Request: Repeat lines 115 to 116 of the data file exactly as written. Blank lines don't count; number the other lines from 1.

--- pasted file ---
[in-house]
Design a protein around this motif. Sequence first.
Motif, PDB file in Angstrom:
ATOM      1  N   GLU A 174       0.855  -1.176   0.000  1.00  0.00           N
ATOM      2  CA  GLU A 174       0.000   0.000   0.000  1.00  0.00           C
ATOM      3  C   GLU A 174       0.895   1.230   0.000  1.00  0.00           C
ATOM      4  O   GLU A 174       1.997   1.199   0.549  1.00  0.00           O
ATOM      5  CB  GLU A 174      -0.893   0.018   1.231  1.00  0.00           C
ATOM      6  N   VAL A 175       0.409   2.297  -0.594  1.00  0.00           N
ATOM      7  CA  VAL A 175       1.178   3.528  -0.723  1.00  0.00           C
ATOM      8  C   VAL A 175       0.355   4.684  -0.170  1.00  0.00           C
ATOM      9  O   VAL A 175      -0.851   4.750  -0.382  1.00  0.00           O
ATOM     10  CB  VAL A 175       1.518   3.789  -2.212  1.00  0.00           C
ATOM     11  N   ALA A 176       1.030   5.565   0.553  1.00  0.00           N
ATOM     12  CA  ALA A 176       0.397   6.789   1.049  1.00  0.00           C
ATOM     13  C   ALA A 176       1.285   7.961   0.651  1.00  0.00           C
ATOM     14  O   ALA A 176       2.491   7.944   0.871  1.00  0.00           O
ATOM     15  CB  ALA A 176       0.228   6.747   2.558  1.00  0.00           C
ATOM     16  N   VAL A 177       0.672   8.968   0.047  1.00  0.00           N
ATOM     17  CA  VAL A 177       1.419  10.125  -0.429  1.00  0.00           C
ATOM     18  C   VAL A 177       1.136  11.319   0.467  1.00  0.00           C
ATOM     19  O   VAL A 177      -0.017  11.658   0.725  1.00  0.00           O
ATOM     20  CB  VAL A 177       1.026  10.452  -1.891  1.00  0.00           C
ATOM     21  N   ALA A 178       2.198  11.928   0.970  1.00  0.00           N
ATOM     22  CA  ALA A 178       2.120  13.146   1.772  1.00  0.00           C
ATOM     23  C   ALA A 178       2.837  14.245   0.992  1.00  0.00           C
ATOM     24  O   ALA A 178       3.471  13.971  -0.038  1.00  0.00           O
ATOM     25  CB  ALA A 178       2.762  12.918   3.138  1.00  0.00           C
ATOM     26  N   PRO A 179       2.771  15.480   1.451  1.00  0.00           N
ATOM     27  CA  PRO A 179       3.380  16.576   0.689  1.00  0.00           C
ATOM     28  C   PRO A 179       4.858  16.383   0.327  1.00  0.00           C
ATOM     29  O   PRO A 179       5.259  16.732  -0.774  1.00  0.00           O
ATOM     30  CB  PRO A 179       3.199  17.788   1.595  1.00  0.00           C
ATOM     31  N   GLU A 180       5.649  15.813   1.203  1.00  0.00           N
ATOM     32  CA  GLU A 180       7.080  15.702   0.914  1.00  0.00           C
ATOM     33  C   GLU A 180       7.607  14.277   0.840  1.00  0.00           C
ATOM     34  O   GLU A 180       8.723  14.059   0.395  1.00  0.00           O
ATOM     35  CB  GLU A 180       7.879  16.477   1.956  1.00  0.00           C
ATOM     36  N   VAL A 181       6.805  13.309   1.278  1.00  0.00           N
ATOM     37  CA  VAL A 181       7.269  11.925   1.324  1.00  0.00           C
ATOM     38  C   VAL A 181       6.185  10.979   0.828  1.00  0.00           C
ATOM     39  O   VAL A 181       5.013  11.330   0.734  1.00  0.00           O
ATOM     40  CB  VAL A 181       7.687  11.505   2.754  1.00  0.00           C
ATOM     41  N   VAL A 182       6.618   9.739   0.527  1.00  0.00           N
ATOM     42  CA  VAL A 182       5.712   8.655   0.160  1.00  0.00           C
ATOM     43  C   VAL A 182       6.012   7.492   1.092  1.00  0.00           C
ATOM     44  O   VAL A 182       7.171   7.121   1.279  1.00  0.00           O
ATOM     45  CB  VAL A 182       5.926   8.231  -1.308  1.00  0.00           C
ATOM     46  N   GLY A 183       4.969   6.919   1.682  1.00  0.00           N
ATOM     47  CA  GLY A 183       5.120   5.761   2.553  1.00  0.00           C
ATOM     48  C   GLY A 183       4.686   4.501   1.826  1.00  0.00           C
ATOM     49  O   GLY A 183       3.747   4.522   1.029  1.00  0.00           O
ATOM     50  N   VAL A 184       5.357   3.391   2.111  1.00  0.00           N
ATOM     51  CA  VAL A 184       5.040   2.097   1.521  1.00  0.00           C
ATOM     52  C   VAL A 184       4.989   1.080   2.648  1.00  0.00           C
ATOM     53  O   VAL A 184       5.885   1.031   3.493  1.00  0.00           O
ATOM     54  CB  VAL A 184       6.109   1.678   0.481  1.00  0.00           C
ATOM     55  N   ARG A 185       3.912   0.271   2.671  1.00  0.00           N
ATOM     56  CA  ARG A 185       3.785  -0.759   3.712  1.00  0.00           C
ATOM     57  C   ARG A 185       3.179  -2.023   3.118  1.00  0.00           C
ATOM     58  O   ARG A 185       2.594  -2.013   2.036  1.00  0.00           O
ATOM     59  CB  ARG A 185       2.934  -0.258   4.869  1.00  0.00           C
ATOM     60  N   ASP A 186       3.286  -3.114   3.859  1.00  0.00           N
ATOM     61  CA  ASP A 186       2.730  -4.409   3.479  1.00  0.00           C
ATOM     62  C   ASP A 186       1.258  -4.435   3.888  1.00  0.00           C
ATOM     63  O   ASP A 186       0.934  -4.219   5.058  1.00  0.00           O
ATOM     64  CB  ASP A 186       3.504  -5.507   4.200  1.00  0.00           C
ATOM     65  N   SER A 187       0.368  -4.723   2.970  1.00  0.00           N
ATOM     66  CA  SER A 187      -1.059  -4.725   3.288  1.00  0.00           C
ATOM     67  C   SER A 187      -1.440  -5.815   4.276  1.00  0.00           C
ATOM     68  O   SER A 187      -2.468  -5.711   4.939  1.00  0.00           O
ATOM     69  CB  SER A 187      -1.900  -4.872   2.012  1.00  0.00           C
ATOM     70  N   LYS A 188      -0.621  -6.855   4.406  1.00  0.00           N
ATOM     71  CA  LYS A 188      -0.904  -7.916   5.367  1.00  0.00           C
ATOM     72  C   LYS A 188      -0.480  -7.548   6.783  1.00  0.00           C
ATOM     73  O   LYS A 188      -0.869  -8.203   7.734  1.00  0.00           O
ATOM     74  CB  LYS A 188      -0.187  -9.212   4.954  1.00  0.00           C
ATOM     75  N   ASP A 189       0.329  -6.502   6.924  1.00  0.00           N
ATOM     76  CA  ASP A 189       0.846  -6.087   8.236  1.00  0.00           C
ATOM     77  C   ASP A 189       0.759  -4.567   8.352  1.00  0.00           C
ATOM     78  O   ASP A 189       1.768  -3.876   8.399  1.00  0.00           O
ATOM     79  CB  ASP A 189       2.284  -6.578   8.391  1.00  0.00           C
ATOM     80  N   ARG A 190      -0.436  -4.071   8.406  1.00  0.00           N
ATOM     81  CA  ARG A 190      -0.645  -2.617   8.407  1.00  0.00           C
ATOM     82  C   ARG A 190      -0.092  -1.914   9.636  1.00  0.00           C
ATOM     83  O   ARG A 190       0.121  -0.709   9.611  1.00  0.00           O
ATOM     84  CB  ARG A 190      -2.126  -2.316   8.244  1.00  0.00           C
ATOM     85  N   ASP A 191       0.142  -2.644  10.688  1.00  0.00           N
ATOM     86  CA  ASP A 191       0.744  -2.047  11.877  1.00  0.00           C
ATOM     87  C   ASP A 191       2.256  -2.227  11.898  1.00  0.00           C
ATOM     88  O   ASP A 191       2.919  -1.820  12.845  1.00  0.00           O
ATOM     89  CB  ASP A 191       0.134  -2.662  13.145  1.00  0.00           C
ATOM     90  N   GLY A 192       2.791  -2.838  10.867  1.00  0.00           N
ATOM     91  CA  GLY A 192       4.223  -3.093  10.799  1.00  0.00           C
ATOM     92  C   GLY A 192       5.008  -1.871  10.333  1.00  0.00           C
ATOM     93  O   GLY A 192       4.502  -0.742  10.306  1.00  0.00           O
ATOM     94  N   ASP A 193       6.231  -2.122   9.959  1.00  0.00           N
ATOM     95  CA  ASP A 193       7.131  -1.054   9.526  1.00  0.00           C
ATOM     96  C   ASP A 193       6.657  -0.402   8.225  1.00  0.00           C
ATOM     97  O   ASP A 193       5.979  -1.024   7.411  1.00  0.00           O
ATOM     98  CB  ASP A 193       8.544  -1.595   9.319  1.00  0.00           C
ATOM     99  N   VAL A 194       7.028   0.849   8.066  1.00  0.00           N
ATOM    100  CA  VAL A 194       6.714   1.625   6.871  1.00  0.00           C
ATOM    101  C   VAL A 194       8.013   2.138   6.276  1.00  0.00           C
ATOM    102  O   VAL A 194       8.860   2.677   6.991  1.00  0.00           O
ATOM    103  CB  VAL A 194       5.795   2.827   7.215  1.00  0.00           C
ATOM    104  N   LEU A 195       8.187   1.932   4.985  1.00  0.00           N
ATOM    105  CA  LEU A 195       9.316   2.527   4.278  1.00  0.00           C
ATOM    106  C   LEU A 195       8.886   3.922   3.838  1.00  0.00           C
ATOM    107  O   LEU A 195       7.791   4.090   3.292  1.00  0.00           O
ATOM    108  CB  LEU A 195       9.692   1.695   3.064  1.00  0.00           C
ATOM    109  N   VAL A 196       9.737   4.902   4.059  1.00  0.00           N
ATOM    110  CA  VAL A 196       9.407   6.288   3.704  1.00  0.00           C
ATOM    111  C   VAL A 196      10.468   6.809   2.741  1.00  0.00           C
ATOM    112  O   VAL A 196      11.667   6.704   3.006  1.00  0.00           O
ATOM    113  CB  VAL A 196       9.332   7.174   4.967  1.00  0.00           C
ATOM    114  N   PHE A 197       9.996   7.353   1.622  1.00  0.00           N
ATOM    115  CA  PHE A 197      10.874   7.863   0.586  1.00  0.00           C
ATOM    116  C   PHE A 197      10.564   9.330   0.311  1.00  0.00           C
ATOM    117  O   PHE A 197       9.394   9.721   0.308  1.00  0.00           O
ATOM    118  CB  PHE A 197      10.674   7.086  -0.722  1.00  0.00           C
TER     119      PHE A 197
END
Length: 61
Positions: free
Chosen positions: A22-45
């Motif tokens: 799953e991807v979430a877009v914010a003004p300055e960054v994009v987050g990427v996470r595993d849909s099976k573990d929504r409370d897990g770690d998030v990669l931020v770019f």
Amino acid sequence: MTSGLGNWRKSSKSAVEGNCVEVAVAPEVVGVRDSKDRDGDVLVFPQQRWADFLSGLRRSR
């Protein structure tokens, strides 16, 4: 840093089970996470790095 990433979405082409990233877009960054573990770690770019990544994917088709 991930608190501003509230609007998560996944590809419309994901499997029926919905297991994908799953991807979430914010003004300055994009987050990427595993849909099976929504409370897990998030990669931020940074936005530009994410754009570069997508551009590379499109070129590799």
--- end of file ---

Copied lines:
ATOM    112  O   VAL A 196      11.667   6.704   3.006  1.00  0.00           O
ATOM    113  CB  VAL A 196       9.332   7.174   4.967  1.00  0.00           C